Trilogy means three of anything and the three at Marloo Theatre's One Act play season collectively called Trilogy offer excellence in three forms.
The first play is Political Correction and about 'We the young people of today' being heartily sick of 'you, the political vermin of today' and what they intend to do about it.
Harrison MacLennan, Melissa Scott and Alex Sutton in 'Political Correction' at Marloo (Photo by Steve Scott)
The play is written by local aspiring playwright, James Forte, and is one of a series of one act plays he has written for young actors. The three actors in this play are Alex Sutton as the wily politician Frank Armstrong MP. Alex is nowhere near the right age for the part but he makes up for it with acting and style.
The crafty siblings, Colin and Sarah are played respectively by Melissa Scott and Harrison MacLennan. Melissa is by turns crafty and scheming or sweet and innocent. She is, for one so young, quite experienced and it shows. Harrison is lovely as the bewildered brother dragged into her schemes and his playing of the hapless Colin is a treat to watch.
The play was well directed by Douglas Sutherland-Bruce, whose other plays at Marloo Theatre include Romeo and Juliet and My Fair Lady. He is also directing Macbeth which goes up as a part of the big Shakespeare Festival in April of 2014.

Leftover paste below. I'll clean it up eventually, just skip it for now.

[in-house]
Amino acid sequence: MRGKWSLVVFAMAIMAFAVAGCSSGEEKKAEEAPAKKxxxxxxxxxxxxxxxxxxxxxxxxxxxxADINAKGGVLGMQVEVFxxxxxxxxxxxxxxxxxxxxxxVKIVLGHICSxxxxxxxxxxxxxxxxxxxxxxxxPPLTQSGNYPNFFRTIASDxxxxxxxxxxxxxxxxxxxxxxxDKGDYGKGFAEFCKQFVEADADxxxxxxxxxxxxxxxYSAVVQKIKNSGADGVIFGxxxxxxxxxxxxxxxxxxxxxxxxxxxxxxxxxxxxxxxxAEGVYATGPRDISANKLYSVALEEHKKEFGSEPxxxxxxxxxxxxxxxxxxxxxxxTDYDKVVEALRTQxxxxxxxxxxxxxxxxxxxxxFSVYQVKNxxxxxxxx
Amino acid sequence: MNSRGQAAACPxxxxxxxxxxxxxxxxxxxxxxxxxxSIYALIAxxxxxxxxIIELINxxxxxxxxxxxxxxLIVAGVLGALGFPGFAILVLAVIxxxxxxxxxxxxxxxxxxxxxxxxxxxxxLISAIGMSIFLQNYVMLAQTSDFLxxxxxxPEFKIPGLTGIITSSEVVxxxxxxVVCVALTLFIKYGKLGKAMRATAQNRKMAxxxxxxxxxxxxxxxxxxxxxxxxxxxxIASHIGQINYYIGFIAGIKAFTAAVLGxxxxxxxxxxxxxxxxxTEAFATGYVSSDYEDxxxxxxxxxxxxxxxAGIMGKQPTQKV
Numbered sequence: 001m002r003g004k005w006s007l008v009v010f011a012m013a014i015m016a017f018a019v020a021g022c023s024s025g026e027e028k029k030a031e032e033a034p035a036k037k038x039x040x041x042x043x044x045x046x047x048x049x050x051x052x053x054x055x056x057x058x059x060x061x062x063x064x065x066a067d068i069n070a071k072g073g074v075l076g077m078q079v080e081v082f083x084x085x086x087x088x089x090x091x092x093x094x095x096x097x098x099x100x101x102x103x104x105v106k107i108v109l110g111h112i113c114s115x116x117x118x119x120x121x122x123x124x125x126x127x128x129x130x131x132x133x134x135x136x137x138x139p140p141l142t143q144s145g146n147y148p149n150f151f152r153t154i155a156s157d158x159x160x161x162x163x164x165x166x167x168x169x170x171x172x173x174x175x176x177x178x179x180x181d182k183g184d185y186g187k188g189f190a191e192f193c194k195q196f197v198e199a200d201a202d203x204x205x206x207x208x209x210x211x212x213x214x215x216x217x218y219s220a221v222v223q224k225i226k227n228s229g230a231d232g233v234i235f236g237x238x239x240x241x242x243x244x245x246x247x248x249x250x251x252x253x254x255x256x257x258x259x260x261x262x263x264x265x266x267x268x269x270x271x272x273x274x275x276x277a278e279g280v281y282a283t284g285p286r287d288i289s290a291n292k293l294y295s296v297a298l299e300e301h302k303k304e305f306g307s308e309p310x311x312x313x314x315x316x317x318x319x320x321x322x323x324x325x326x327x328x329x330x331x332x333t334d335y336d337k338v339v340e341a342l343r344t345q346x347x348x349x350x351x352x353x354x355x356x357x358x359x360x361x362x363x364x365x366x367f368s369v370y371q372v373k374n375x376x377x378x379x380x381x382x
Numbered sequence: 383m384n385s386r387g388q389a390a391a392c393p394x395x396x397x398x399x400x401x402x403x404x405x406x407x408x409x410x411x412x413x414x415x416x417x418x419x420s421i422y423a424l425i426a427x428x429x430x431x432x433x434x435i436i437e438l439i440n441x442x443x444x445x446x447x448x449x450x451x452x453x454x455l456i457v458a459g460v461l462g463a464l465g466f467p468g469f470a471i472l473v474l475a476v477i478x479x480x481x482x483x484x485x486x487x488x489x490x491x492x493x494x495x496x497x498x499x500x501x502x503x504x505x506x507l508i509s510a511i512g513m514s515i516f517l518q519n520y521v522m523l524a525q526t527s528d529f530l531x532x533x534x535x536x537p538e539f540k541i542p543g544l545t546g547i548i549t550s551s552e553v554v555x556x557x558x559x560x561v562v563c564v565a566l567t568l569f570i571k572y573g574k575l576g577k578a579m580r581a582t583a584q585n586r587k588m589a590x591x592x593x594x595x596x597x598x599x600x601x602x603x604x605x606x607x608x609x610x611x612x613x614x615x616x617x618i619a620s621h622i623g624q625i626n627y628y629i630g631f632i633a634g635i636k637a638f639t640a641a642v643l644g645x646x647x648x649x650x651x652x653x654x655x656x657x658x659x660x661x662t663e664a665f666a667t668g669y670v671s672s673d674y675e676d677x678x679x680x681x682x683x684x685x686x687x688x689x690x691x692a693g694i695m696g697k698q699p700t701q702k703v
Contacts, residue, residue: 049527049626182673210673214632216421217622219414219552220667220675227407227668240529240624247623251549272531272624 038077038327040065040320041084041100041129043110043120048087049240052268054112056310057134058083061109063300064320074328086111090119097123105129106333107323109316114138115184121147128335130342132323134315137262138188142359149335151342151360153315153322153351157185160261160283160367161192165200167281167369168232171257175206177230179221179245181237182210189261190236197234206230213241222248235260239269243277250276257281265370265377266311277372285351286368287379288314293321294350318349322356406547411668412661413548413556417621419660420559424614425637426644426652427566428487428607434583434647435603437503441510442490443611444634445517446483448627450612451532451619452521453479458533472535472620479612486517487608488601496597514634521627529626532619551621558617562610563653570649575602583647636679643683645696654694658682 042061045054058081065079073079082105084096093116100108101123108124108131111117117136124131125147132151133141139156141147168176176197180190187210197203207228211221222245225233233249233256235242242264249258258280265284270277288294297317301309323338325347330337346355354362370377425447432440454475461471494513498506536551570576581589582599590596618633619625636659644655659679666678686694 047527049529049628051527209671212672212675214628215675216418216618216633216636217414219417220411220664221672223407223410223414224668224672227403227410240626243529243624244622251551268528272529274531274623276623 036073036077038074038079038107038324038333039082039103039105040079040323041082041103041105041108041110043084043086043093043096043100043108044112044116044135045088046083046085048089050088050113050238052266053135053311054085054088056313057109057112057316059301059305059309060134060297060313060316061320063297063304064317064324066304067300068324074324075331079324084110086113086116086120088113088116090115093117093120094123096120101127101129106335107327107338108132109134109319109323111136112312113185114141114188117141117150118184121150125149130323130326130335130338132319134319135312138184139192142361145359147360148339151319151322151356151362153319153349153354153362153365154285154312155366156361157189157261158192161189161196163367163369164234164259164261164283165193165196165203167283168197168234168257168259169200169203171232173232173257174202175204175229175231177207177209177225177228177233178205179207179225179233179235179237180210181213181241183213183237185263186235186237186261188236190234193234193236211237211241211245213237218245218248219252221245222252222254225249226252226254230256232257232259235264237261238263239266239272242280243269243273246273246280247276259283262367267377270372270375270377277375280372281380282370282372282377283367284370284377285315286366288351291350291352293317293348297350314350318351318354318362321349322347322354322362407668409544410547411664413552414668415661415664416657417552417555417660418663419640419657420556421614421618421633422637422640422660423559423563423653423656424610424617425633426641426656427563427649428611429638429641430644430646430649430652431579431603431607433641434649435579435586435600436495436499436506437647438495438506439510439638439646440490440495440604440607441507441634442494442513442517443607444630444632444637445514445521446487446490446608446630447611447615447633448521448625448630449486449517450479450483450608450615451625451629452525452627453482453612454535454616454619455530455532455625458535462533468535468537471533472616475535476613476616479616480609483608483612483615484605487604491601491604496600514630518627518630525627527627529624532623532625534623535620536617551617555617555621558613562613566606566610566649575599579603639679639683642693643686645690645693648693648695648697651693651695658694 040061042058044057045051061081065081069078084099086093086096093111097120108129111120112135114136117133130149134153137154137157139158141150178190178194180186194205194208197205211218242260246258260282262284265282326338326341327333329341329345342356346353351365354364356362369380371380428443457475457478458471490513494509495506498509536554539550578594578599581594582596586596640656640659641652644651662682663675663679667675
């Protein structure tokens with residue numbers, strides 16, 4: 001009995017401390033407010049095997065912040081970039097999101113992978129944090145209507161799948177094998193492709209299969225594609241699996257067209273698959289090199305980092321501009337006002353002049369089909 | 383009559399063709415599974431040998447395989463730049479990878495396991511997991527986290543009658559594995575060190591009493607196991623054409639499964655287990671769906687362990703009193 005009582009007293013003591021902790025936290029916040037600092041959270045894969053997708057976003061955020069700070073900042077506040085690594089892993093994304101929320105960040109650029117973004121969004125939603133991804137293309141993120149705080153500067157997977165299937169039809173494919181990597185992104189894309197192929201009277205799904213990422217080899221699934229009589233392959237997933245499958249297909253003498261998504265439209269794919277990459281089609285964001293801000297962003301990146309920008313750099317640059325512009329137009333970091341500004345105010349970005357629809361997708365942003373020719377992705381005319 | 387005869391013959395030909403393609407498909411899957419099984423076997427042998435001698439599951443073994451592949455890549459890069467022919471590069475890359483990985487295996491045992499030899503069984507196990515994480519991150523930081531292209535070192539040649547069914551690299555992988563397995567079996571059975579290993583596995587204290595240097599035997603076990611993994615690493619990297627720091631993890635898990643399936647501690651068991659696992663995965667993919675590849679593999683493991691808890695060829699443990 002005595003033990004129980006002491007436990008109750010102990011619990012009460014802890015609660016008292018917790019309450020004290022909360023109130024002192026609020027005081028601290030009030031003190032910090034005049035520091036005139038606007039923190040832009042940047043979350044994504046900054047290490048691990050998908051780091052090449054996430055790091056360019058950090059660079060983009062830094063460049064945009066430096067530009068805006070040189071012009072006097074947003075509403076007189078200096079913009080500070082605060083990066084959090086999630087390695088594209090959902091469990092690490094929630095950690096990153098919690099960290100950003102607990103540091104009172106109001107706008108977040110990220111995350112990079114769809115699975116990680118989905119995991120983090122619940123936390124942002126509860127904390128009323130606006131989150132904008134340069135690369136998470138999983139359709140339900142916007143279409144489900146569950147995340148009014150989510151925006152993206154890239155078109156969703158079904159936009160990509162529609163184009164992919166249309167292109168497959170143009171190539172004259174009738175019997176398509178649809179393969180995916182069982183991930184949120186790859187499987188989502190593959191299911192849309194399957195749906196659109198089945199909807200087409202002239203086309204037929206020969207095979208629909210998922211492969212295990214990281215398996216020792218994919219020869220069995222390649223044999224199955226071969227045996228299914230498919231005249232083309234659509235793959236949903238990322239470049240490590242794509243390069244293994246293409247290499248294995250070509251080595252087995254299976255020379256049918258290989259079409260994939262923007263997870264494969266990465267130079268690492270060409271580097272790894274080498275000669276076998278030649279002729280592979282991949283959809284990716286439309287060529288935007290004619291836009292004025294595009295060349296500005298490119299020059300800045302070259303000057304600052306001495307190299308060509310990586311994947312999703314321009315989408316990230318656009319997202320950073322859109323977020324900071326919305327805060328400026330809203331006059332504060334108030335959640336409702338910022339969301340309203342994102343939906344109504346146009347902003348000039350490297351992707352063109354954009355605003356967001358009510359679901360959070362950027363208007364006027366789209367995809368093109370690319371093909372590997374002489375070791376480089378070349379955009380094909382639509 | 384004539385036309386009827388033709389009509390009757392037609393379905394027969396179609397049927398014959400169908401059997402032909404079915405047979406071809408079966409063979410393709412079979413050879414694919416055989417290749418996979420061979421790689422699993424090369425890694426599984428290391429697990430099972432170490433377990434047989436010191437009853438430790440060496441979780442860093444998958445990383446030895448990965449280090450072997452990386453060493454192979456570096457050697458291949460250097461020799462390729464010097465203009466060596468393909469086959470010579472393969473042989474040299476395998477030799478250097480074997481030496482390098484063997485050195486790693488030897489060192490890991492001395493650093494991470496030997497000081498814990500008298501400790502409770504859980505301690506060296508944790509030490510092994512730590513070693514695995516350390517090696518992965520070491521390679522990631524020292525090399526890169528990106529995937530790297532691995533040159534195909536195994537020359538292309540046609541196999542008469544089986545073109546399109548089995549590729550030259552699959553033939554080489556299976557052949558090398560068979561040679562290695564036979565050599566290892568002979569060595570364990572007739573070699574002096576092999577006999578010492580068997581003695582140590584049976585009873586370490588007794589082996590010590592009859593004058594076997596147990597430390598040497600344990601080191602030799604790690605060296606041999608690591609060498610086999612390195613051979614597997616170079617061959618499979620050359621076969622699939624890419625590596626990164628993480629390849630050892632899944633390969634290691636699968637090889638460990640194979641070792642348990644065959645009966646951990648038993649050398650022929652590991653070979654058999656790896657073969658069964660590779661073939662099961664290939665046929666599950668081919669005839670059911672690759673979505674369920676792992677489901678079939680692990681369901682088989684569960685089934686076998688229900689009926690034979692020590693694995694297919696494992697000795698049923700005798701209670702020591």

The second play is also by a local playwright, Noel O'Neill and examines the lives of two sisters - Holly (Catriona Coe) and Ivy (Sandra Sando) who have lost their mother on Christmas Eve. The scene is somewhere in Scotland and the accents are authentic but understandable. They are joined by a tipsy friend of the family, Tommy (Ray Egan) and together they explore some of the family tensions and causes.
The play is very sensitively handled by the highly experienced cast and while it deals with some hard subjects ends on a note of hope and love. I found it very moving and beautifully acted.
The last play is quite different. La Divina Speaks is supposedly Maria Callas in conversation at a party given at the home of Elsa Maxwell some time in the sixties. It is written by Douglas Sutherland-Bruce, the director of the first play of the evening.
Maria Callas is played by Elisa Wilson, an opera singer of international repute and glorious voice. This is, she tells me her first 'straight acting role' and she does it incredibly well. She starts and ends the play with an aria. O Mio Babbino Caro to begin with, a tremendous crowd pleaser and ends with Vissi d'art from Tosca.
Elisa Wilson plays Maria Callas at Marloo (Photo by DTP)
Both are by Puccini, and as sung by Miss Wilson, raise hairs on the back of your neck and the power and warmth of her voice are something you have to experience to believe.
In between the two Callas entrances with stories of growing up in America, her early life, the war years in Greece and snippets about opera. She is by turns beguiling, bitchy (about Jackie Kennedy), sad, vicious and always vivacious. At the end one feels that you have been given a glimpse into the heart of Callas and treated to a tour de force by Elisa.
Community, but by no means amateur, theatre at its best.
Trilogy runs until the 14th September and there are still seats available. Book by ringing Gwyne on 9255 1783.